Aged care is changing in Australia, as the country tries to adapt to the increasing burden that an ageing population places on public services. A flagship Productivity Commission report released in 2013 estimated that the proportion of people aged 75 and over will increase from 6.4 per cent to 14.4 per cent between 2012 and 2060.
Since the report was published, Australian aged care services have undergone a number of changes, many of which are outlined here. The Department of Social Services is keen to deliver a more sustainable and cost-effective aged care system by 2022.
This framework is expected to not only enable aged care providers to thrive but also give consumers more flexibility over the services they receive. The Australian government hopes to allow more elderly people to remain in their own homes for longer, with new legislation recently put in place to facilitate this process.
The Aged Care Legislation Amendment Act
On March 18, the Aged Care Legislation Amendment (Increasing Consumer Choice) Act 2016 received royal assent, meaning it’s now an official piece of legislation. The Act amends the existing Aged Care Act 1997 and the Aged Care (Transitional Provisions) Act 1997 in several ways.
According to the Parliament of Australia, the law enforces three key changes:
- Allow Home Care Packages (HCPs) to ‘follow’ consumers
- Encourage a national approach to home care provision and access
- Streamline approved provider approval processes
The amendments are part of an overall strategy to deliver HCPs via a Consumer-Directed Care (CDC) structure. In other words, the government has pledged to give aged care consumers increasing control over how much involvement they have in developing their care plans, as well as more say in who delivers those services.
The legislation has received royal assent but won’t come into force until February 27 2017, giving providers less than a year from now to make any final preparations they require.
What changes are occurring?
Earlier this year, the Department of Health’s Aged Care Reform Taskforce outlined exactly how the new legislation will affect consumers and providers. First Assistant Secretary of the taskforce Rachel Balmanno discussed various changes with stakeholders via a webinar on March 11.
Here is a brief summary of some of the details that emerged following the live stream, including clarification on which parts of the Home Care system will remain the same.
Competition is key: Ms Balmanno said the government is keen to promote competition among providers in an effort to improve services and deliver innovation. Officials feel this method is preferred over increased regulation, meaning the government is following recommendations set out in the Productivity Commission’s 2011 Caring for Older Australians report.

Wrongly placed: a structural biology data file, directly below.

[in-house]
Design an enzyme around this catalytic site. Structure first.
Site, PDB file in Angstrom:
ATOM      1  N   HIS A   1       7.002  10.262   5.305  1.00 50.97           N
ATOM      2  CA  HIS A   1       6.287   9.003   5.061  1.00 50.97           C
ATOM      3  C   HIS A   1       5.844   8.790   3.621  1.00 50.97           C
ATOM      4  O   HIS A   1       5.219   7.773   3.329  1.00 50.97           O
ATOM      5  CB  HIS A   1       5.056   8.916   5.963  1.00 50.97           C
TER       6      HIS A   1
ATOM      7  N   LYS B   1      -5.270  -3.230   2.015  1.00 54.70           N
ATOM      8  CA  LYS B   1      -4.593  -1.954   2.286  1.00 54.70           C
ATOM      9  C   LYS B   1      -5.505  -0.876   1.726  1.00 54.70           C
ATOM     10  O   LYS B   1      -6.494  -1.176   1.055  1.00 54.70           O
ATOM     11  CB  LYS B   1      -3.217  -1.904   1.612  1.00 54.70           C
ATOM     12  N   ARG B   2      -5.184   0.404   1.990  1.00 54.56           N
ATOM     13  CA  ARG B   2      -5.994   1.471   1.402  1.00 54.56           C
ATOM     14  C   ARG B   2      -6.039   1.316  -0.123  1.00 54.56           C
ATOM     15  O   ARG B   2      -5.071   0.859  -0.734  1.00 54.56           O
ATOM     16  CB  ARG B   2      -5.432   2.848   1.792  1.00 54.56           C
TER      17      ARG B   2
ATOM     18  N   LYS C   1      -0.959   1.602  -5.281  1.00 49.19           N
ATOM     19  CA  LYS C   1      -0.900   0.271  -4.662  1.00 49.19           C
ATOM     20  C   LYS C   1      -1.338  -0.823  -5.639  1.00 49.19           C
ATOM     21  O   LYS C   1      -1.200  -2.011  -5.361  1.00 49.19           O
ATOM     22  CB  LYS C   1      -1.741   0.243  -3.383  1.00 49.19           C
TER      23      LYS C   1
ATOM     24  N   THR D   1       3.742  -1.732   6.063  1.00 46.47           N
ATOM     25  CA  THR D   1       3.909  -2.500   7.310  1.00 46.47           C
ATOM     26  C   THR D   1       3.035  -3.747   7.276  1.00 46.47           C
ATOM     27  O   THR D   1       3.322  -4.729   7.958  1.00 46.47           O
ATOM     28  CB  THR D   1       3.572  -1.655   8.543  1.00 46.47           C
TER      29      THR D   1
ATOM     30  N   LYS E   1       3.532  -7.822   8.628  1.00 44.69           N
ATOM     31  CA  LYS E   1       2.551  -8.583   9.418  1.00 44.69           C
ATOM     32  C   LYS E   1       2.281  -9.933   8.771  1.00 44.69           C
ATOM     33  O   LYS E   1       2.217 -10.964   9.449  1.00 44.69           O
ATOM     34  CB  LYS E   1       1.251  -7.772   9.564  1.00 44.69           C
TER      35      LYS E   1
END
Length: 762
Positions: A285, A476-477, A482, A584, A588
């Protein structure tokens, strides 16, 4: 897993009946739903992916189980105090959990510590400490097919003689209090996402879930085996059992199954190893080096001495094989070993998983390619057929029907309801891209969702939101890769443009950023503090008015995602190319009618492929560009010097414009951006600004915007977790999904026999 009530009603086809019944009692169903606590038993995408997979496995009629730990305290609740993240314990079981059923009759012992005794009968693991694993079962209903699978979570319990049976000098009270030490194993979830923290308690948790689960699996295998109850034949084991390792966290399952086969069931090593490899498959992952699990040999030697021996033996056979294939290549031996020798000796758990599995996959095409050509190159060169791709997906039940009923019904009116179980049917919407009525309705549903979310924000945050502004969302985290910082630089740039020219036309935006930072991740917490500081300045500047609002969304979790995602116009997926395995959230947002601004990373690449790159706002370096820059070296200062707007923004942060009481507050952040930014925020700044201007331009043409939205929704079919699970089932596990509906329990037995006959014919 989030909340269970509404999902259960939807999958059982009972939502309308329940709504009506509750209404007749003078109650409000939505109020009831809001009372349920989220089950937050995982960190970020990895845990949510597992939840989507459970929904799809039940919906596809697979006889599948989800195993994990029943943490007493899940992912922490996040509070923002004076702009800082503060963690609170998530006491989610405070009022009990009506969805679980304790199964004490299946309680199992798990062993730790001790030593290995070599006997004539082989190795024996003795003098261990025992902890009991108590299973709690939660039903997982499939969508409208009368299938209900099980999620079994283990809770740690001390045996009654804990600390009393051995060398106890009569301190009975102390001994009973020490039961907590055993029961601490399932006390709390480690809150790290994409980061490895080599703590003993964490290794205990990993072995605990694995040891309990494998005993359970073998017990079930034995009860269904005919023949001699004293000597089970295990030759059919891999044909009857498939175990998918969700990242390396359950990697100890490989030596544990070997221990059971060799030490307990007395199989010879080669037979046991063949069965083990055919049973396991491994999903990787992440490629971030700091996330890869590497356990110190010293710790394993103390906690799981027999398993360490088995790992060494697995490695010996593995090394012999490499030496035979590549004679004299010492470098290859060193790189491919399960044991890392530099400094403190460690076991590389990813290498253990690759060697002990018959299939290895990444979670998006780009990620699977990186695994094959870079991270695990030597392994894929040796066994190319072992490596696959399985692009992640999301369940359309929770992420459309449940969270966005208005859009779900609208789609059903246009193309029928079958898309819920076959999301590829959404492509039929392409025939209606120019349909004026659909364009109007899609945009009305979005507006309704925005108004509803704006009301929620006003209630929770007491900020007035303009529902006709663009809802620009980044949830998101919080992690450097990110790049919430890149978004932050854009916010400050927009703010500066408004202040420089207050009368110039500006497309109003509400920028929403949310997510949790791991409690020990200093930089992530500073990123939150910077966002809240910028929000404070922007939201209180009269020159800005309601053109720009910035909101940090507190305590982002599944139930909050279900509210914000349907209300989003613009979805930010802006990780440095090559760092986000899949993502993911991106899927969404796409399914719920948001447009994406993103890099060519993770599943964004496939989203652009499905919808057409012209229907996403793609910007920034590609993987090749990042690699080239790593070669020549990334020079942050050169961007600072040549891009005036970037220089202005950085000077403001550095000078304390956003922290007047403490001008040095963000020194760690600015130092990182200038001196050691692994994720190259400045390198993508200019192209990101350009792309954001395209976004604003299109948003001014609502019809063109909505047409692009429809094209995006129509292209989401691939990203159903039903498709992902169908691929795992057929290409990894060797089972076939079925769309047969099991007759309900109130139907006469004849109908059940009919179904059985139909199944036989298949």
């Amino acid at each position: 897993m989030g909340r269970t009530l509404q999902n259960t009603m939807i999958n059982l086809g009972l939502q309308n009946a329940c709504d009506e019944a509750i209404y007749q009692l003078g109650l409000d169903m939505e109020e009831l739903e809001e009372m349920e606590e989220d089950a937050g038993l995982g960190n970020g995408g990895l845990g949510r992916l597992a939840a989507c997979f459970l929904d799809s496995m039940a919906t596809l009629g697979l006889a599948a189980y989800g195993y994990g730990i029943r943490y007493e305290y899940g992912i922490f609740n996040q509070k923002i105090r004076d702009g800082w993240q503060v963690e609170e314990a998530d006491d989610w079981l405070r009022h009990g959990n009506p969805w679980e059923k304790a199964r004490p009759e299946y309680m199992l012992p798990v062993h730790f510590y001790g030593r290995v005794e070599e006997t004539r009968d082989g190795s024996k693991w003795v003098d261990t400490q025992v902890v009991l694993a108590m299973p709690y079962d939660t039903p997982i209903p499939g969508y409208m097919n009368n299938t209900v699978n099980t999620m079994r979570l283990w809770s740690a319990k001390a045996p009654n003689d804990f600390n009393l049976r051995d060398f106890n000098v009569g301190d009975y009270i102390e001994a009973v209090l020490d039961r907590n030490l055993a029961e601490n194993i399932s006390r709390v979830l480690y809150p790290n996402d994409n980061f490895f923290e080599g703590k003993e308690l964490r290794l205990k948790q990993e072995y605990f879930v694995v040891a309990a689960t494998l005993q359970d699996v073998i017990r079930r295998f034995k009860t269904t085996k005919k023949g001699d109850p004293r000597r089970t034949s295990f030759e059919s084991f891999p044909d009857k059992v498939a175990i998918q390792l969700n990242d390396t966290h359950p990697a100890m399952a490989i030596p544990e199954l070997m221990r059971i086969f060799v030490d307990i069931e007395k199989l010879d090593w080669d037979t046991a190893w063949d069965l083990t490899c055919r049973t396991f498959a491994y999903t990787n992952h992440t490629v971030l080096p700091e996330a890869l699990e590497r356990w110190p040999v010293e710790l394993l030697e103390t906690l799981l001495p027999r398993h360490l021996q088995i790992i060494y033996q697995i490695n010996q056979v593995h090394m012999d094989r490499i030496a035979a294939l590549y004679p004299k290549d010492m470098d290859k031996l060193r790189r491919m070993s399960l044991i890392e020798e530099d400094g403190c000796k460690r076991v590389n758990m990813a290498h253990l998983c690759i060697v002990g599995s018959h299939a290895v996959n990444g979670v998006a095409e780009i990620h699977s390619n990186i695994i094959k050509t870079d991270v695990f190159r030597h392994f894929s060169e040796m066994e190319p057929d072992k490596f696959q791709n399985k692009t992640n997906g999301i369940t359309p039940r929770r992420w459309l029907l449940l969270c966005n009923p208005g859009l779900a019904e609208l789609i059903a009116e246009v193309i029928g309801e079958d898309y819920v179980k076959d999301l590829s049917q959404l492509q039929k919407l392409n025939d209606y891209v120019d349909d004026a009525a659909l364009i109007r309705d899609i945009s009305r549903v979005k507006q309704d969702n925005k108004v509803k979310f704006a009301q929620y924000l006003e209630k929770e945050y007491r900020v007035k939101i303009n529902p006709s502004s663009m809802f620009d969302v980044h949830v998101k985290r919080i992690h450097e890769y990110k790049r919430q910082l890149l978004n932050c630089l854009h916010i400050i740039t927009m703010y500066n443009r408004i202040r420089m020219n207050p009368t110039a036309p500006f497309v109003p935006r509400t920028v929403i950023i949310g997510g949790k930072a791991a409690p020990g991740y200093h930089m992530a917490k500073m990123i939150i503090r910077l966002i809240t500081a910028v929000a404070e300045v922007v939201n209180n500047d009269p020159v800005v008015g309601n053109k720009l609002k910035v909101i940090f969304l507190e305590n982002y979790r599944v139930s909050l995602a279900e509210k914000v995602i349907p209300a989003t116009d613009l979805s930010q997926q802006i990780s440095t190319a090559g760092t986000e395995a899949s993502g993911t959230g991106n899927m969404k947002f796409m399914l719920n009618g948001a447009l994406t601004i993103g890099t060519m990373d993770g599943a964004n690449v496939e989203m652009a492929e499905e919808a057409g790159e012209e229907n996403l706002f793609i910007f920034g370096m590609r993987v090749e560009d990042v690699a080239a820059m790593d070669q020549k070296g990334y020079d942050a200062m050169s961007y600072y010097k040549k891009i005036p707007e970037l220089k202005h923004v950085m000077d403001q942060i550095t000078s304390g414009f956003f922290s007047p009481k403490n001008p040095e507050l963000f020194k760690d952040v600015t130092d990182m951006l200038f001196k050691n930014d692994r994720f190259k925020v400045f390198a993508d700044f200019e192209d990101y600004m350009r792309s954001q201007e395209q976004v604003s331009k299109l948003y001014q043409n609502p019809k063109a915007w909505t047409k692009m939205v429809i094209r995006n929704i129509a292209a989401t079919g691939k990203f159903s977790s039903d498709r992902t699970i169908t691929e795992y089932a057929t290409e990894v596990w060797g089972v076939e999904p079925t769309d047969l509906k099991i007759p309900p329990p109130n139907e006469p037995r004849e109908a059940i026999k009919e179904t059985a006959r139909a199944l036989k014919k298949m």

Anyone already receiving HCPs shall remain at the same level of care and services as previously received.
Fee and income testing arrangements: The Aged Care Legislation Amendment Act will not alter the current fee and income testing arrangements. However, changes to these processes are due to be explored as part of the second stage of Home Care reforms, which is scheduled to commence in July 2018.
Home care places abolished: The Act essentially removes the concept of home care places, giving consumers the ability to switch their HCP to any eligible providers. As such, businesses will not have to apply for Aged Care Approvals Round places for home care, although residential and flexible care allocations will remain.
Unspent funds are portable: Consumers will now be able to carry across any unspent money in their package when they change providers. The portability means aged care recipients can move to different geographical areas and still receive the entirety of their HCP funding.
No changes for existing HCP recipients: Anyone already receiving HCPs shall remain at the same level of care and services as previously received. The new rules will only apply to people entering the Home Care scheme after the commencement date. HCPs will also remain capped, although the number of packages is expected to rise each year in line with government plans for aged care.
Specified HCP levels: Currently, consumers are given a band for their HCP level; so, for example, they could be designated level one/two, level two/three or level three/four. The new legislation will determine a specific package, meaning individuals will be classed as either level one, two, three or four only.
National approach: My Aged Care will allocate HCPs via a national pool, with the government claiming this enables a more flexible way of prioritising care delivery for those who need it most. Contributing factors will include the length of time a recipient has waited and the urgency of their requirements based on an Aged Care Assessment Team evaluation.
These are just a few of the changes set to take place next year, but they are by no means the whole story. Furthermore, stage two of the reforms will follow just a year later. Therefore, please contact Mirus Australia if you’d like to learn more about how Home Care reforms could affect you.